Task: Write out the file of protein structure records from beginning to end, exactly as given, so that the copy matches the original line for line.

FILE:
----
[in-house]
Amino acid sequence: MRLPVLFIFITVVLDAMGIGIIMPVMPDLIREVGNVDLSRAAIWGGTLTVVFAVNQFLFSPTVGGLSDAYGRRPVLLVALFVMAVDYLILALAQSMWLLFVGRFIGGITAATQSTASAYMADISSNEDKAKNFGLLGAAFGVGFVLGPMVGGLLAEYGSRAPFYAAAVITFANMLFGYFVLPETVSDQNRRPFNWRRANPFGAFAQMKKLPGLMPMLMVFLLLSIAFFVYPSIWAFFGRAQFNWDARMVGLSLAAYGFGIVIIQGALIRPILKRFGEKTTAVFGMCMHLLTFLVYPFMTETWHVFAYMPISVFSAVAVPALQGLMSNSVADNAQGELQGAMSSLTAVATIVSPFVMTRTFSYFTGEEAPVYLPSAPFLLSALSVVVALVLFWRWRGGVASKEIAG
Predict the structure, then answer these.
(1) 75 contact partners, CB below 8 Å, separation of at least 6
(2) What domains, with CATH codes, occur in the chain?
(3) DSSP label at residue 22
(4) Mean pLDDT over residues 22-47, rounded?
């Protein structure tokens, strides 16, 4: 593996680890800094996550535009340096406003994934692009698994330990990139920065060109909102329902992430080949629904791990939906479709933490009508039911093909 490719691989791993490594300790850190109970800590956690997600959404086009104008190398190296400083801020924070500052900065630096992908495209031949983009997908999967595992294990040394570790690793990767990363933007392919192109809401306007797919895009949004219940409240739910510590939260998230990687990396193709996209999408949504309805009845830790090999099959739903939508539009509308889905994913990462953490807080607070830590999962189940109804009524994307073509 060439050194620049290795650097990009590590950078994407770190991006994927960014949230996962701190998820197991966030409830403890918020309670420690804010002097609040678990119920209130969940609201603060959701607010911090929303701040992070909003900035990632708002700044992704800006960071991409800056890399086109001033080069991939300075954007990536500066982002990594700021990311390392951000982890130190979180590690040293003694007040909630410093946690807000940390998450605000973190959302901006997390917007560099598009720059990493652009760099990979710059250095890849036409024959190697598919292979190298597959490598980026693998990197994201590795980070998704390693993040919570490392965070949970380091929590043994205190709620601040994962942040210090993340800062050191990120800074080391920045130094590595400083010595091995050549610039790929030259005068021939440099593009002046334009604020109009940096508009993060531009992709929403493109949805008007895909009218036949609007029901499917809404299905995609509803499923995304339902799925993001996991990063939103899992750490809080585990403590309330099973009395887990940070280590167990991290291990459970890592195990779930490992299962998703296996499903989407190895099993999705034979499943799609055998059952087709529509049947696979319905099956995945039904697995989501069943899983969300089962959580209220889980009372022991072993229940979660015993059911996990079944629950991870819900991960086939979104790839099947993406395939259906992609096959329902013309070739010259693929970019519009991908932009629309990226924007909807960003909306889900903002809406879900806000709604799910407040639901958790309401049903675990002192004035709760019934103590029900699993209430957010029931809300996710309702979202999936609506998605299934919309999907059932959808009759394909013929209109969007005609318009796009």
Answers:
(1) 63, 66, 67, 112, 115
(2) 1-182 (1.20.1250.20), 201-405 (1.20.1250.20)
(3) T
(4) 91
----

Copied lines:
[in-house]
Amino acid sequence: MRLPVLFIFITVVLDAMGIGIIMPVMPDLIREVGNVDLSRAAIWGGTLTVVFAVNQFLFSPTVGGLSDAYGRRPVLLVALFVMAVDYLILALAQSMWLLFVGRFIGGITAATQSTASAYMADISSNEDKAKNFGLLGAAFGVGFVLGPMVGGLLAEYGSRAPFYAAAVITFANMLFGYFVLPETVSDQNRRPFNWRRANPFGAFAQMKKLPGLMPMLMVFLLLSIAFFVYPSIWAFFGRAQFNWDARMVGLSLAAYGFGIVIIQGALIRPILKRFGEKTTAVFGMCMHLLTFLVYPFMTETWHVFAYMPISVFSAVAVPALQGLMSNSVADNAQGELQGAMSSLTAVATIVSPFVMTRTFSYFTGEEAPVYLPSAPFLLSALSVVVALVLFWRWRGGVASKEIAG
Predict the structure, then answer these.
(1) 75 contact partners, CB below 8 Å, separation of at least 6
(2) What domains, with CATH codes, occur in the chain?
(3) DSSP label at residue 22
(4) Mean pLDDT over residues 22-47, rounded?
């Protein structure tokens, strides 16, 4: 593996680890800094996550535009340096406003994934692009698994330990990139920065060109909102329902992430080949629904791990939906479709933490009508039911093909 490719691989791993490594300790850190109970800590956690997600959404086009104008190398190296400083801020924070500052900065630096992908495209031949983009997908999967595992294990040394570790690793990767990363933007392919192109809401306007797919895009949004219940409240739910510590939260998230990687990396193709996209999408949504309805009845830790090999099959739903939508539009509308889905994913990462953490807080607070830590999962189940109804009524994307073509 060439050194620049290795650097990009590590950078994407770190991006994927960014949230996962701190998820197991966030409830403890918020309670420690804010002097609040678990119920209130969940609201603060959701607010911090929303701040992070909003900035990632708002700044992704800006960071991409800056890399086109001033080069991939300075954007990536500066982002990594700021990311390392951000982890130190979180590690040293003694007040909630410093946690807000940390998450605000973190959302901006997390917007560099598009720059990493652009760099990979710059250095890849036409024959190697598919292979190298597959490598980026693998990197994201590795980070998704390693993040919570490392965070949970380091929590043994205190709620601040994962942040210090993340800062050191990120800074080391920045130094590595400083010595091995050549610039790929030259005068021939440099593009002046334009604020109009940096508009993060531009992709929403493109949805008007895909009218036949609007029901499917809404299905995609509803499923995304339902799925993001996991990063939103899992750490809080585990403590309330099973009395887990940070280590167990991290291990459970890592195990779930490992299962998703296996499903989407190895099993999705034979499943799609055998059952087709529509049947696979319905099956995945039904697995989501069943899983969300089962959580209220889980009372022991072993229940979660015993059911996990079944629950991870819900991960086939979104790839099947993406395939259906992609096959329902013309070739010259693929970019519009991908932009629309990226924007909807960003909306889900903002809406879900806000709604799910407040639901958790309401049903675990002192004035709760019934103590029900699993209430957010029931809300996710309702979202999936609506998605299934919309999907059932959808009759394909013929209109969007005609318009796009």
Answers:
(1) 63, 66, 67, 112, 115
(2) 1-182 (1.20.1250.20), 201-405 (1.20.1250.20)
(3) T
(4) 91